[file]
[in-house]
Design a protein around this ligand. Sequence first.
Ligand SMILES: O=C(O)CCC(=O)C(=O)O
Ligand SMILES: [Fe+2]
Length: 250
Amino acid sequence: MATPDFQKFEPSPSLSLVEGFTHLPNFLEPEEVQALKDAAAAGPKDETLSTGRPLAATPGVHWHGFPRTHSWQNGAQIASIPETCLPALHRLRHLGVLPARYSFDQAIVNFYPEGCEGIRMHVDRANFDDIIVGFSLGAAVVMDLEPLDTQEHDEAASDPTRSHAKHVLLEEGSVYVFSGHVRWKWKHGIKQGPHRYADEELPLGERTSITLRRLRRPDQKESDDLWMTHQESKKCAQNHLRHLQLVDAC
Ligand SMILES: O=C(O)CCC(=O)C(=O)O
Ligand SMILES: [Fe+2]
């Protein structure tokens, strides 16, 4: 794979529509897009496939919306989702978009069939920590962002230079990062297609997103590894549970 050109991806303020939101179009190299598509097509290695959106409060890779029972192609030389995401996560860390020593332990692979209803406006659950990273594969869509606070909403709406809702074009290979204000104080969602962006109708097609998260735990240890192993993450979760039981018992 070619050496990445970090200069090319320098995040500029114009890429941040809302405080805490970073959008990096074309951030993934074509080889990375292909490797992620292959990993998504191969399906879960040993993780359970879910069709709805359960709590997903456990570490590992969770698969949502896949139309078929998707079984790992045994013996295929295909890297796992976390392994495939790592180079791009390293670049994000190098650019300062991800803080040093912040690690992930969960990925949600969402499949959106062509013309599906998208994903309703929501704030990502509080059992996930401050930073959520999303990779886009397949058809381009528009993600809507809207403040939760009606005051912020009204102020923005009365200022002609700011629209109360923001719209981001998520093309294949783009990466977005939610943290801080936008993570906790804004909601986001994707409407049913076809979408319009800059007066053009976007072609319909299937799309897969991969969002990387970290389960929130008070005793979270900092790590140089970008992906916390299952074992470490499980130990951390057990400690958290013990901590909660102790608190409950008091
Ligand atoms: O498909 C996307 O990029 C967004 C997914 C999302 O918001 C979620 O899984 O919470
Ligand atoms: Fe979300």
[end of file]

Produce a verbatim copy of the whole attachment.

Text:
[in-house]
Design a protein around this ligand. Sequence first.
Ligand SMILES: O=C(O)CCC(=O)C(=O)O
Ligand SMILES: [Fe+2]
Length: 250
Amino acid sequence: MATPDFQKFEPSPSLSLVEGFTHLPNFLEPEEVQALKDAAAAGPKDETLSTGRPLAATPGVHWHGFPRTHSWQNGAQIASIPETCLPALHRLRHLGVLPARYSFDQAIVNFYPEGCEGIRMHVDRANFDDIIVGFSLGAAVVMDLEPLDTQEHDEAASDPTRSHAKHVLLEEGSVYVFSGHVRWKWKHGIKQGPHRYADEELPLGERTSITLRRLRRPDQKESDDLWMTHQESKKCAQNHLRHLQLVDAC
Ligand SMILES: O=C(O)CCC(=O)C(=O)O
Ligand SMILES: [Fe+2]
């Protein structure tokens, strides 16, 4: 794979529509897009496939919306989702978009069939920590962002230079990062297609997103590894549970 050109991806303020939101179009190299598509097509290695959106409060890779029972192609030389995401996560860390020593332990692979209803406006659950990273594969869509606070909403709406809702074009290979204000104080969602962006109708097609998260735990240890192993993450979760039981018992 070619050496990445970090200069090319320098995040500029114009890429941040809302405080805490970073959008990096074309951030993934074509080889990375292909490797992620292959990993998504191969399906879960040993993780359970879910069709709805359960709590997903456990570490590992969770698969949502896949139309078929998707079984790992045994013996295929295909890297796992976390392994495939790592180079791009390293670049994000190098650019300062991800803080040093912040690690992930969960990925949600969402499949959106062509013309599906998208994903309703929501704030990502509080059992996930401050930073959520999303990779886009397949058809381009528009993600809507809207403040939760009606005051912020009204102020923005009365200022002609700011629209109360923001719209981001998520093309294949783009990466977005939610943290801080936008993570906790804004909601986001994707409407049913076809979408319009800059007066053009976007072609319909299937799309897969991969969002990387970290389960929130008070005793979270900092790590140089970008992906916390299952074992470490499980130990951390057990400690958290013990901590909660102790608190409950008091
Ligand atoms: O498909 C996307 O990029 C967004 C997914 C999302 O918001 C979620 O899984 O919470
Ligand atoms: Fe979300």